Lots of examples.
Great for grant, paper writing etc Gets rid of the problem of incorporating everyone’s amendments into one document Reduced functionality compared to Microsoft
So many tools out there that you could use. You need to figure out what is worth investing time in and how you will gain. Some tools will show an immediate return but others need a longer term investment before you will se a return.
It can be difficult to navigate the crowd of information to find networks or individuals who are useful for you and your research. RSS feeds help to filter the incoming information for you.
This is the RSS symbol, you will see it on nearly all websites.
RSS allows you to subscribe to that information. That means you can choose which information you are interested in and it will come to you rather than you having to actively look for it. RSS generally gives you headline information then you can choose whether it is important enough for you to find out more.
One way of receiving information by RSS is via iGoogle. You can create a Google search page which has all the headline information you want on it. My iGoogle homepage covers some items about researcher development and also my personal interest items. You can have more than 1 tab. Other examples of RSS readers include Google reader, bloglines, and browser software have their own RSS lists that work like favourites.
A digital identity is how you and others see you on the web. This can be through static pages or web 2.0 sites and tools. Like it or not, we all have a digital identity. What you want to do is have control over what you and others see as your digital identity. As research becomes even more global, multidisciplinary and collaborative, you will benefit from having a more visible digital identity.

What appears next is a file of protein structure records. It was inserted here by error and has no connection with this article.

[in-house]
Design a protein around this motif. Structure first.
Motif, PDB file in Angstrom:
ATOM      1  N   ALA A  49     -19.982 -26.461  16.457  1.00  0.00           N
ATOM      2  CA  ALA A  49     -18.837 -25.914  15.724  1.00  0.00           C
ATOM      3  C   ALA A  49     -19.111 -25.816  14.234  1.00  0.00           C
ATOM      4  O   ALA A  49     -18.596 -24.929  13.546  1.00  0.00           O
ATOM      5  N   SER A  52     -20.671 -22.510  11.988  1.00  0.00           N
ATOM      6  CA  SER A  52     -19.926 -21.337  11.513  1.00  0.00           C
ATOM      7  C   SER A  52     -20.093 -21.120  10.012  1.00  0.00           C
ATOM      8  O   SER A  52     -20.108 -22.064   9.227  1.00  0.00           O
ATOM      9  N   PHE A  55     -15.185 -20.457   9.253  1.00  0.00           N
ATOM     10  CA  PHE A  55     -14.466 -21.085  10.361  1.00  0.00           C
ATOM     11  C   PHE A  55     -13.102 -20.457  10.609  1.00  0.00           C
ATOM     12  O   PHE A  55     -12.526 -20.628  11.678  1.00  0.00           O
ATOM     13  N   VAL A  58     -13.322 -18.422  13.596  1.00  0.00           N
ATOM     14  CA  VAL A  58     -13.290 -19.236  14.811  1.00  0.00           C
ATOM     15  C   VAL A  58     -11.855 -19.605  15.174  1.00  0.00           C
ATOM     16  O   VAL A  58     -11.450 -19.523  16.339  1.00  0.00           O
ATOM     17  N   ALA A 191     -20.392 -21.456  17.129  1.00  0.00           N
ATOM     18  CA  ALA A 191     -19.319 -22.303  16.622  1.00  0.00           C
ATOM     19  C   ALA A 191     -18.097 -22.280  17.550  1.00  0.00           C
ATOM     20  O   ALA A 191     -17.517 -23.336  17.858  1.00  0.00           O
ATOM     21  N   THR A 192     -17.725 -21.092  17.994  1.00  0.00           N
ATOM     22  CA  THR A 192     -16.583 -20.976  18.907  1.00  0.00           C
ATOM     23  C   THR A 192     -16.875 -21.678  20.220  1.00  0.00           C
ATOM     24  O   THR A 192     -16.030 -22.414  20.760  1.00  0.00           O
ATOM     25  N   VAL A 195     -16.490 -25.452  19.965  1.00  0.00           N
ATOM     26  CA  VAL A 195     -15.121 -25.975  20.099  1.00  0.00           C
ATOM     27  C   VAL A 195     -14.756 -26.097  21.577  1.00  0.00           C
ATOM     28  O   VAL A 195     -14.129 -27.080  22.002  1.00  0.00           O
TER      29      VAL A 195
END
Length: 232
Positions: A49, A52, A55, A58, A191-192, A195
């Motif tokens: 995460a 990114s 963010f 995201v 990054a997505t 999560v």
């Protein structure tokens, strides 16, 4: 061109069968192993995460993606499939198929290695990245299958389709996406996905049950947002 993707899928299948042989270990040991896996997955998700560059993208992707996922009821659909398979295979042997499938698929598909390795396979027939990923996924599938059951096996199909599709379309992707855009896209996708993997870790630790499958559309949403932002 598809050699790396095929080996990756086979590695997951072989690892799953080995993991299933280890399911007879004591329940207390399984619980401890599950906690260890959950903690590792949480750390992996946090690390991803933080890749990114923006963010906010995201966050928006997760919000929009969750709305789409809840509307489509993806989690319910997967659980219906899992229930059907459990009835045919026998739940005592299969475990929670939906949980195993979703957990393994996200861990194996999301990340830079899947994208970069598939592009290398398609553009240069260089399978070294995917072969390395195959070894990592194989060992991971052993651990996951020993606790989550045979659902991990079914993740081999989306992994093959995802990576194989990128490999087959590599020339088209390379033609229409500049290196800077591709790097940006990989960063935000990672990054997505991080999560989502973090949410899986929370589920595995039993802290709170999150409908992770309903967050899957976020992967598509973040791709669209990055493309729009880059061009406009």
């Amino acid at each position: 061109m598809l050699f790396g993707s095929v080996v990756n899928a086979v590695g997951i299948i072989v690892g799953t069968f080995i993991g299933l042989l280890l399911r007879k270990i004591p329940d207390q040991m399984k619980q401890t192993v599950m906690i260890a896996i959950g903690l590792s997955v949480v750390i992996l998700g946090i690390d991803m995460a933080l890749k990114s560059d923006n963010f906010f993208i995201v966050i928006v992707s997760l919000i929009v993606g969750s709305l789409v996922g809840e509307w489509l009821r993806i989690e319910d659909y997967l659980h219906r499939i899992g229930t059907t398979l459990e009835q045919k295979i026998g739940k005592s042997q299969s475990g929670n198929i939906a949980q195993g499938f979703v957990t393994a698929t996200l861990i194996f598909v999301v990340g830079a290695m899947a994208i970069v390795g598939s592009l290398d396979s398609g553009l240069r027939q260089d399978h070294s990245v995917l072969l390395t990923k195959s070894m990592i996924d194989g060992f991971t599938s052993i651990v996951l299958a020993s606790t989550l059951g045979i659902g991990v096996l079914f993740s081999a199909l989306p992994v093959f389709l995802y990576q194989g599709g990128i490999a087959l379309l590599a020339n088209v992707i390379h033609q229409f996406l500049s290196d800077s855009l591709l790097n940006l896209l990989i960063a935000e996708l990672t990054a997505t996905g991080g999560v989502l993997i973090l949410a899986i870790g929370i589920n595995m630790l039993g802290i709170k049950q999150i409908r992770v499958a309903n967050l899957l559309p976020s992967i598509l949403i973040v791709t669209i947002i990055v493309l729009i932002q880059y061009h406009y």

A good way of seeing the extent of your current digital identity is to search for yourself. This is what I get when I Google myself, (comment on content).
Task using the sites listed search for yourself. What did you find? Are you happy with it? Is it up to date? Does it showcase you and your research? Is is personal or professional? Could it be improved (if so how?), Pleased…disappointed…worried!? The more you engage with digital technology, the more power you will have over your digital identity
14:00 Consider how you are viewed and assessed by others around you in the research world. These activities are probably the main way other researchers and academics know who you are and what you do. Is there anything you want to add to this list?
In this model we have four stages (identification, creation, quality assurance and dissemination) which are underpinned by a variety of social interactions and forms of collaboration. Collaboration is defined broadly here to include the work of all the people who might be involved in research including researchers, librarians, funders and the general public. Each stage is important to the research community’s ability to produce knowledge and learn from the work of others. Social tools have the potential to contribute something to each of these stages. But they also have the potential to challenge the ways in which research is done. What activities do you undertake in your own research cycle? What activities do you undertake outside of your research? What tools do you use now? How could social media help you?
14:15 A word of warning...
Have you got any tips to share?